The Transfiguration is one of the five key events in the gospel narrative of the life of Jesus – the others are his Baptism, Crucifixion, Resurrection and Ascension.
For many today, the word 'transfiguration' may be unfamiliar. It literally means 'changing of form or appearance' but the specific meaning in the case of Jesus Christ relates to an episode described in the New Testament.
All three of the Synoptic Gospels (Matthew, Mark and Luke) mention this event, and some think that the Gospel of John also alludes to it. In the Biblical accounts, Jesus went up a mountain to pray with three of his disciples – Peter, James and John.
However, when they reached the summit, Jesus began to shine with rays of light. Then Moses and Elijah – Old Testament figures representing the Law and the prophets – appeared and they spoke with Jesus. He is also called 'Son' by a voice assumed to be God (the Father).
The Transfiguration of Jesus is therefore a moment of divine radiance and it is counted as a miracle. It is unique in that it happens to Jesus himself.
Many Christian denominations commemorate the event in the Feast of the Transfiguration – this takes place on 6th August (or 19th for those denominations using the older Julian Calendar).
The Eastern Orthodox Church has the longest tradition of celebrating the festival, also known by its Greek name of metamorphosis. This can be seen in icons such as this one which, although painted in the early eighteenth century, shows elements from a much older artistic tradition.
It wasn't until the fifteenth century that the Roman Catholic Church decided to formally mark the feast as a part of the Christian year. The story goes that in the year 1456 the Pope (Callixtus III) heard news that the Ottoman siege of Belgrade had been lifted. He decided to mark the date that news reached Rome, which turned out to be 6th August. So the Transfiguration became a feast throughout the Latin Church.
Over the following decades, the popularity of artists depicting the Transfiguration in western art grew. Previously it had only been represented occasionally – a rare early fourteenth-century depiction by Duccio is in The National Gallery.
Duccio's scene was the eighth of nine images that formed the back of the predella (the lowest part) of a five-tiered, double-sided altarpiece. It is the only known signed work by Duccio.
These earlier works are much rarer than, say, depictions of Jesus' Crucifixion or Ascension. With such a miraculous event described, it was left to artists to visualise what this supernatural, divine occurrence actually might have looked like.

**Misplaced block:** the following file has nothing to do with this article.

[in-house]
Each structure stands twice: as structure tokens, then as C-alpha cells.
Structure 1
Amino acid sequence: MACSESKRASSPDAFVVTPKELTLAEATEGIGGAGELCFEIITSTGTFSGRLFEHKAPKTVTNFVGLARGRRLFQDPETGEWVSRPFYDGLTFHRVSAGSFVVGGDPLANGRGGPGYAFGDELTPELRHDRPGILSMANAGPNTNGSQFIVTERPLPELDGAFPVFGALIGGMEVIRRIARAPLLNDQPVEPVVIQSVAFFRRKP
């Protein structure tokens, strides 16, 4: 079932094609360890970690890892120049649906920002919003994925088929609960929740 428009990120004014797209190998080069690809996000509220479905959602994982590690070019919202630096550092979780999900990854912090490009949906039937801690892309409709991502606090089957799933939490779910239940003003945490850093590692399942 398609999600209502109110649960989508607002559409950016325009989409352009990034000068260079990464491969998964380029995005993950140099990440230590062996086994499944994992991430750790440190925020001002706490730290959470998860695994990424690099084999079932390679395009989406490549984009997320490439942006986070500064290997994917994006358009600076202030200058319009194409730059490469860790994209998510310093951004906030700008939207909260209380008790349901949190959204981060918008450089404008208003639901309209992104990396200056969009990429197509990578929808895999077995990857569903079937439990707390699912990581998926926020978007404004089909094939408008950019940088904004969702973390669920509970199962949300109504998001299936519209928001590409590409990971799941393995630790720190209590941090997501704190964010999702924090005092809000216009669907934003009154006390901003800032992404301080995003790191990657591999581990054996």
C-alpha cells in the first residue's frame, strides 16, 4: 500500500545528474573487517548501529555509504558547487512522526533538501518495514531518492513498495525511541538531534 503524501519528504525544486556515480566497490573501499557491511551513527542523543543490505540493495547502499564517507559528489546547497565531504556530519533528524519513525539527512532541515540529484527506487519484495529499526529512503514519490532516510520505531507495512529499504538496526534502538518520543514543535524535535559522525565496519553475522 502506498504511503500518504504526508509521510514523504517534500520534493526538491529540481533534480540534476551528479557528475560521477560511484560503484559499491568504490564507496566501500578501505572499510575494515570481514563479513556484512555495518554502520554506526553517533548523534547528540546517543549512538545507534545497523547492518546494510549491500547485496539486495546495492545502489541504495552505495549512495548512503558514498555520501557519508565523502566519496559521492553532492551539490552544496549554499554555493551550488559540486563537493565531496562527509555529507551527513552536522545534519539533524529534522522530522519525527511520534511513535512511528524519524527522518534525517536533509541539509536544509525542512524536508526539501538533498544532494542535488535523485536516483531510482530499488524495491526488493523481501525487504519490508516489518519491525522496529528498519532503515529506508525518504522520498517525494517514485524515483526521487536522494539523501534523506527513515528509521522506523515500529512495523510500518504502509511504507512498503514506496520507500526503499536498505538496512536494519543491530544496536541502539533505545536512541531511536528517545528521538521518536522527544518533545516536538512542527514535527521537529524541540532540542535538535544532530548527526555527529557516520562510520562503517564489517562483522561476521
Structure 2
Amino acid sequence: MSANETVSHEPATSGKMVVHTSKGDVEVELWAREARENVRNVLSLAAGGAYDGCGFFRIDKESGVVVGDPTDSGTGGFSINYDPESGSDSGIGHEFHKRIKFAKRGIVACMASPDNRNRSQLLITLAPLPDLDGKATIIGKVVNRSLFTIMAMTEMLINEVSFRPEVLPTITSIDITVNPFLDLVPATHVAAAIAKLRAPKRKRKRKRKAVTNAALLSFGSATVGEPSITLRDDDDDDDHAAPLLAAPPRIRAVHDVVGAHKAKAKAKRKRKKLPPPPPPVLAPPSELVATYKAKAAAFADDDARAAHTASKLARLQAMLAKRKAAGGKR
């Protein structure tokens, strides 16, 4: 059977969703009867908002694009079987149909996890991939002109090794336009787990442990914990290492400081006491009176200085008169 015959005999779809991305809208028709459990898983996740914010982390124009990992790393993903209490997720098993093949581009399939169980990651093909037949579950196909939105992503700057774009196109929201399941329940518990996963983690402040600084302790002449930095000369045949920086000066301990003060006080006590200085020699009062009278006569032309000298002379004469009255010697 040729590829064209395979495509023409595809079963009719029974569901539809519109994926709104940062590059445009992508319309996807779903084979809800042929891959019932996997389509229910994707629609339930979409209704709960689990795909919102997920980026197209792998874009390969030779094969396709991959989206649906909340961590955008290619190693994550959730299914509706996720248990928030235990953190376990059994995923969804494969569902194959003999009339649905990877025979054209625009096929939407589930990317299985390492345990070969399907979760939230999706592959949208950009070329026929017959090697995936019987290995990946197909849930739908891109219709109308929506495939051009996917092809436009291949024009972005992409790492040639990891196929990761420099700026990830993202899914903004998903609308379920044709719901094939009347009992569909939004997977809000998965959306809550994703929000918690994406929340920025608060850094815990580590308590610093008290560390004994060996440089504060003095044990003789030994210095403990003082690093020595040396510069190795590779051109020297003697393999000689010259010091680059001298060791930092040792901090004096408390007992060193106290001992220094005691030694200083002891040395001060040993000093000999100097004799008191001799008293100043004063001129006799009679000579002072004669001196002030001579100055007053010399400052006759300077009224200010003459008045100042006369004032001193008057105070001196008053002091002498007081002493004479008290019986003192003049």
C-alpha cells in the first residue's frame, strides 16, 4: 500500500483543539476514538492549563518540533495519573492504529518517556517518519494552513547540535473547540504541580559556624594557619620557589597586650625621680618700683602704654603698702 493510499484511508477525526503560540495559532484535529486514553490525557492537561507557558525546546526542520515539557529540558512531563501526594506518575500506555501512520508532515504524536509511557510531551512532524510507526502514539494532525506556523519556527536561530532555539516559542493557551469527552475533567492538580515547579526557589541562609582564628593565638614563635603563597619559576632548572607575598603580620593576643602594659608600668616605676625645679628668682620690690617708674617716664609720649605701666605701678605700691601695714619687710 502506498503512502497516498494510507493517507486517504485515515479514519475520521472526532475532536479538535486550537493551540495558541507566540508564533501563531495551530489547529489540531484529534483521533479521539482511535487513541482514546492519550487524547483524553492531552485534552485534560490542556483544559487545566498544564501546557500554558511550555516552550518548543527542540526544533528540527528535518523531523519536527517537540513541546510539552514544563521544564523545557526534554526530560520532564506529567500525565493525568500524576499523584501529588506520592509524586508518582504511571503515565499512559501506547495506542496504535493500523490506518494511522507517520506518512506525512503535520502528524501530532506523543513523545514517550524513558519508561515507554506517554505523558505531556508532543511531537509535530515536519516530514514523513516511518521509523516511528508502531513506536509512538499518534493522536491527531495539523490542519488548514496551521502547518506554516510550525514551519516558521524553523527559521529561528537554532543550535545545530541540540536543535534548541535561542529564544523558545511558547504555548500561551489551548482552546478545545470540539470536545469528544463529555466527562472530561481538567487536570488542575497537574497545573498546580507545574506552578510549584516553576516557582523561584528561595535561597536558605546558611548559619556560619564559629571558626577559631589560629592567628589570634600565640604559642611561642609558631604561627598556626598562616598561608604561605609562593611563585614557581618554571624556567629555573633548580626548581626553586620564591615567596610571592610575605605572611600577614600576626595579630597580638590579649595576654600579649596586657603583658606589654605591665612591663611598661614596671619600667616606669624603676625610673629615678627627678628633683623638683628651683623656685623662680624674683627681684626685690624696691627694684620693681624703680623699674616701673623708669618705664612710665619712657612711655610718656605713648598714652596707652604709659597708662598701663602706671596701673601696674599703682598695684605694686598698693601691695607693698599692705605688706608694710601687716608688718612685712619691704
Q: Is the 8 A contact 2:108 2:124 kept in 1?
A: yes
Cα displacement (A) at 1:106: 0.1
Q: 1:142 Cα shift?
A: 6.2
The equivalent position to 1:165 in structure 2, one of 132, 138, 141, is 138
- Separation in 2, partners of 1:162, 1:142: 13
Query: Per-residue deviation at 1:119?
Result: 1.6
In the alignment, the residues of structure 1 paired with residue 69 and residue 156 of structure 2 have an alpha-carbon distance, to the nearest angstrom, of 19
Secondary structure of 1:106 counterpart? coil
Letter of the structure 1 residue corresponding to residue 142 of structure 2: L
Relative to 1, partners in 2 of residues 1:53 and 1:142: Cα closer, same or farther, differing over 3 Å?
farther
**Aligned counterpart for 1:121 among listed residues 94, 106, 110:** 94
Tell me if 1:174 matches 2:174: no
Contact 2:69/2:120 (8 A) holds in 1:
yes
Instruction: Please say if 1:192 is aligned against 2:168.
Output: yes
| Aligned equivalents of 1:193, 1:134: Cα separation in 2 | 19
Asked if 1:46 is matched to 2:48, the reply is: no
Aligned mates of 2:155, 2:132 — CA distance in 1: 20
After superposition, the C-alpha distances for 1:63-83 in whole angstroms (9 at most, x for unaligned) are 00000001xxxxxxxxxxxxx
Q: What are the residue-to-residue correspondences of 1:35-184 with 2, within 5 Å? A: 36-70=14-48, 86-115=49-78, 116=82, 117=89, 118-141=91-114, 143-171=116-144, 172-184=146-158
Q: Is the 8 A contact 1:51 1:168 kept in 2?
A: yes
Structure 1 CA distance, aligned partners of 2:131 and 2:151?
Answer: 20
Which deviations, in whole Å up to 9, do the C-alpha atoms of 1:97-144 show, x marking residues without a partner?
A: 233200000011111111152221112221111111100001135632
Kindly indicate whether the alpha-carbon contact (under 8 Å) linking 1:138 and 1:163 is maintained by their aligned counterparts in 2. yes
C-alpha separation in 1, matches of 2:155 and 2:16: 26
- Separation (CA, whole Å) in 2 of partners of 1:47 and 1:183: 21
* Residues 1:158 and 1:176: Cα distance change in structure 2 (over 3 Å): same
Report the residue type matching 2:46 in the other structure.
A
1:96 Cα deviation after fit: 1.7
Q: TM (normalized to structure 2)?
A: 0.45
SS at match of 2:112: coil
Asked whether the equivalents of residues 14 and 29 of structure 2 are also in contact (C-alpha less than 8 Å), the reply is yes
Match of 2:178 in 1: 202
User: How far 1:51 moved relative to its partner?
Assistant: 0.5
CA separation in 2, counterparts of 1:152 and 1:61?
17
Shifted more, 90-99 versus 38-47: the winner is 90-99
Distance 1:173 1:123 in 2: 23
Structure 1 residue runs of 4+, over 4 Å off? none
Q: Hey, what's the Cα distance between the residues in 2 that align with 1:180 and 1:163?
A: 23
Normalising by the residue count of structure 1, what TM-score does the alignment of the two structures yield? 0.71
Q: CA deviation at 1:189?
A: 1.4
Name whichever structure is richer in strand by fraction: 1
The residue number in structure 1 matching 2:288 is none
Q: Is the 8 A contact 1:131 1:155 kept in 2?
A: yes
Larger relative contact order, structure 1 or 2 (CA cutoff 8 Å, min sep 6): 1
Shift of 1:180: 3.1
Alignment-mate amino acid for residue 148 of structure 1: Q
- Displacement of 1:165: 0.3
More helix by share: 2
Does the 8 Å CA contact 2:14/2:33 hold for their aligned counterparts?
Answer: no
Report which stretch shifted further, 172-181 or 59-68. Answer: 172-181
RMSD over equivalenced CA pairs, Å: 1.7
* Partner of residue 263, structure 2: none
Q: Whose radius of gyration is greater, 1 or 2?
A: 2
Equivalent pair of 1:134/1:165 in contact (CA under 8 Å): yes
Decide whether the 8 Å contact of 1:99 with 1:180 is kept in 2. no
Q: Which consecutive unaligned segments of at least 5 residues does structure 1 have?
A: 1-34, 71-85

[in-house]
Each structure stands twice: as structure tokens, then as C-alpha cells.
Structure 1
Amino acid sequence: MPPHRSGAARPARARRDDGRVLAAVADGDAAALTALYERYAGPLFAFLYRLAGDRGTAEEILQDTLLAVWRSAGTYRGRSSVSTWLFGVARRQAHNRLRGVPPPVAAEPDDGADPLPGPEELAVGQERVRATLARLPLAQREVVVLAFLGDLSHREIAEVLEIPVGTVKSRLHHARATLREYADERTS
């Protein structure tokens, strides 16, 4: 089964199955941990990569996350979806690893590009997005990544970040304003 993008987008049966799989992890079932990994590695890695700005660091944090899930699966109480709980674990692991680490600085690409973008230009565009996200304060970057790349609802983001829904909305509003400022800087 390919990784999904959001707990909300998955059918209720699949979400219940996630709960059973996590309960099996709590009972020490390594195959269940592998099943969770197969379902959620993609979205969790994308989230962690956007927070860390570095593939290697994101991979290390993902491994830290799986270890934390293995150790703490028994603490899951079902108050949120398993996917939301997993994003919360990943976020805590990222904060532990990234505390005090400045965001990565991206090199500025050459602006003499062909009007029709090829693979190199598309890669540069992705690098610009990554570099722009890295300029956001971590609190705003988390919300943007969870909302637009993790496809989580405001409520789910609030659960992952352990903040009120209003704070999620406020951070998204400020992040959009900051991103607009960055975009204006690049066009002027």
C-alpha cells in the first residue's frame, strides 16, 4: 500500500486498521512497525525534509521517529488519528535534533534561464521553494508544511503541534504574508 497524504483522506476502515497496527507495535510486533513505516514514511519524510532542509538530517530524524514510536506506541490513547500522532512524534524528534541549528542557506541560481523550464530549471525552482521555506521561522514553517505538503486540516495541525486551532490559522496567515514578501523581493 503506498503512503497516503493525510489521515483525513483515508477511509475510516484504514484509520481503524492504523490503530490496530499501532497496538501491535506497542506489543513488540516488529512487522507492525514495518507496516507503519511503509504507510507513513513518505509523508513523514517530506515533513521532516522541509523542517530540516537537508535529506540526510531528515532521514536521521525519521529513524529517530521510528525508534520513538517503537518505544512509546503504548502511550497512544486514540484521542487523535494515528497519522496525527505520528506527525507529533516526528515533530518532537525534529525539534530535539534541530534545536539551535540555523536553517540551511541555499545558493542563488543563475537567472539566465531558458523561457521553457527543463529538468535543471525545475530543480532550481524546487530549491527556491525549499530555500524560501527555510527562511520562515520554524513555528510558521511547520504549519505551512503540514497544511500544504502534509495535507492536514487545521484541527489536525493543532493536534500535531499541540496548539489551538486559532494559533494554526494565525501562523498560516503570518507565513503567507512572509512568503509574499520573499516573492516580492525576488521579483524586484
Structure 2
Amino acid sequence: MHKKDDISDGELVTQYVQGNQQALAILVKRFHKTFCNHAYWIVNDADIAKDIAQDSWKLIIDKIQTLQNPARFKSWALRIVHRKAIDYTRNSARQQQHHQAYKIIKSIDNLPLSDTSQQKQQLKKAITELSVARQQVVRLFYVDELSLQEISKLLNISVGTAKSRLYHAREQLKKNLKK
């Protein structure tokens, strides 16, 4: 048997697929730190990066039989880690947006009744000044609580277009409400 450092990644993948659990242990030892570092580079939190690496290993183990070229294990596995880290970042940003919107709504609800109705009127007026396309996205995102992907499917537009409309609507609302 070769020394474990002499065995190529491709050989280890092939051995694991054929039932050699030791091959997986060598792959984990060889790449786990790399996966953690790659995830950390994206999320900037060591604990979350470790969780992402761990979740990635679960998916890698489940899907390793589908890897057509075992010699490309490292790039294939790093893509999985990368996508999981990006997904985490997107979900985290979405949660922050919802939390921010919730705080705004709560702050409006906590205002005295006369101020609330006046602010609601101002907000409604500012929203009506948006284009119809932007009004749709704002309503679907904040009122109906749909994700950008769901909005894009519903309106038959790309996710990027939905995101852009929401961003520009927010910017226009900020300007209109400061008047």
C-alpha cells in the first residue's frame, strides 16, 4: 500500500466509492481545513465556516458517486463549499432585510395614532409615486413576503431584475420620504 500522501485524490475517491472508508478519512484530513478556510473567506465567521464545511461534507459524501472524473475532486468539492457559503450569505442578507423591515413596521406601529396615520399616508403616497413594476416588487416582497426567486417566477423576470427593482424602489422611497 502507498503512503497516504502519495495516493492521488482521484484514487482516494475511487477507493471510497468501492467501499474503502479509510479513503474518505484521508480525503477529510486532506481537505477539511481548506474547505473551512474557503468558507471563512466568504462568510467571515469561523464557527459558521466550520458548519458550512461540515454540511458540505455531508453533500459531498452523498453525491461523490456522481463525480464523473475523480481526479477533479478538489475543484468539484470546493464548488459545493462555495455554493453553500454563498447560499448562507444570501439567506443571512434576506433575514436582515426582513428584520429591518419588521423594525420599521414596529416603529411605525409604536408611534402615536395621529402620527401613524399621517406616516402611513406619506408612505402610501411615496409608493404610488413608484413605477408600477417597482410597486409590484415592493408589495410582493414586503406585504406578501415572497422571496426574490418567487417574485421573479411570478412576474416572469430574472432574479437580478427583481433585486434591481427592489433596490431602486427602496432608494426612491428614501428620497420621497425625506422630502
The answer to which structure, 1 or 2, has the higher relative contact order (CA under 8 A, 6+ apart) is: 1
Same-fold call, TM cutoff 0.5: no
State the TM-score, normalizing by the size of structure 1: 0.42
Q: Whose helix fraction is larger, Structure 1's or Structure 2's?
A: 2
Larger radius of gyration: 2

There's a standard representation of Jesus at the top in the centre, either standing or floating, flanked by the two Old Testament figures. Below, the three apostles give various reactions – usually of stunned amazement, half looking away from the radiant light. This is largely true in both eastern and western depictions of the scene – as seen in this Russian Orthodox work, painted in tempera on panel.
Perhaps the most famous representation of the Transfiguration in western art is a 1520 work by Raphael – his last painting. The original is in the collection of the Vatican Museums, but there are several copies in UK collections.
These copies come in a variety of different sizes – the original is over four metres tall. Some are very large and were intended to be used on altars, like this one at Mount Stewart in Northern Ireland, likely to have been painted by the outstanding portrait painter Thomas Lawrence.
Others were smaller-scale reproductions, such as this one from the Walker Art Gallery in Liverpool, at about a metre and a half high, and made in the eighteenth century.
There is even a Raphael copy in a church in Camden made by Thomas Brigstocke, which is now an Orthodox church. Perhaps this is fitting, bearing in mind the much longer tradition of celebrating the Transfiguration in the Eastern Church.
Raphael's work keeps the top section pretty much the same as what had gone before, with the figures of Jesus, Moses, Elijah and the apostles. The lower section below shows a boy possessed by evil spirits who is taken to the disciples to be cured.
Raphael's composition can perhaps be seen as the culmination of Transfiguration paintings in that first phase of popularity. There are a few later paintings on Art UK, but as a subject it largely fell out of fashion, particularly in the predominantly Protestant Britain. The copies in UK collections were likely to have been more valued as they were of Raphael's work, rather than of the subject matter.
As with other religious subjects in artworks, today the majority of viewers need a bit of help decoding what's going on. It seems unlikely that the Transfiguration will become a popular artistic subject again in western art, but we are fortunate to have centuries of religious art to marvel at and wonder.
Andrew Shore, Head of Content at Art UK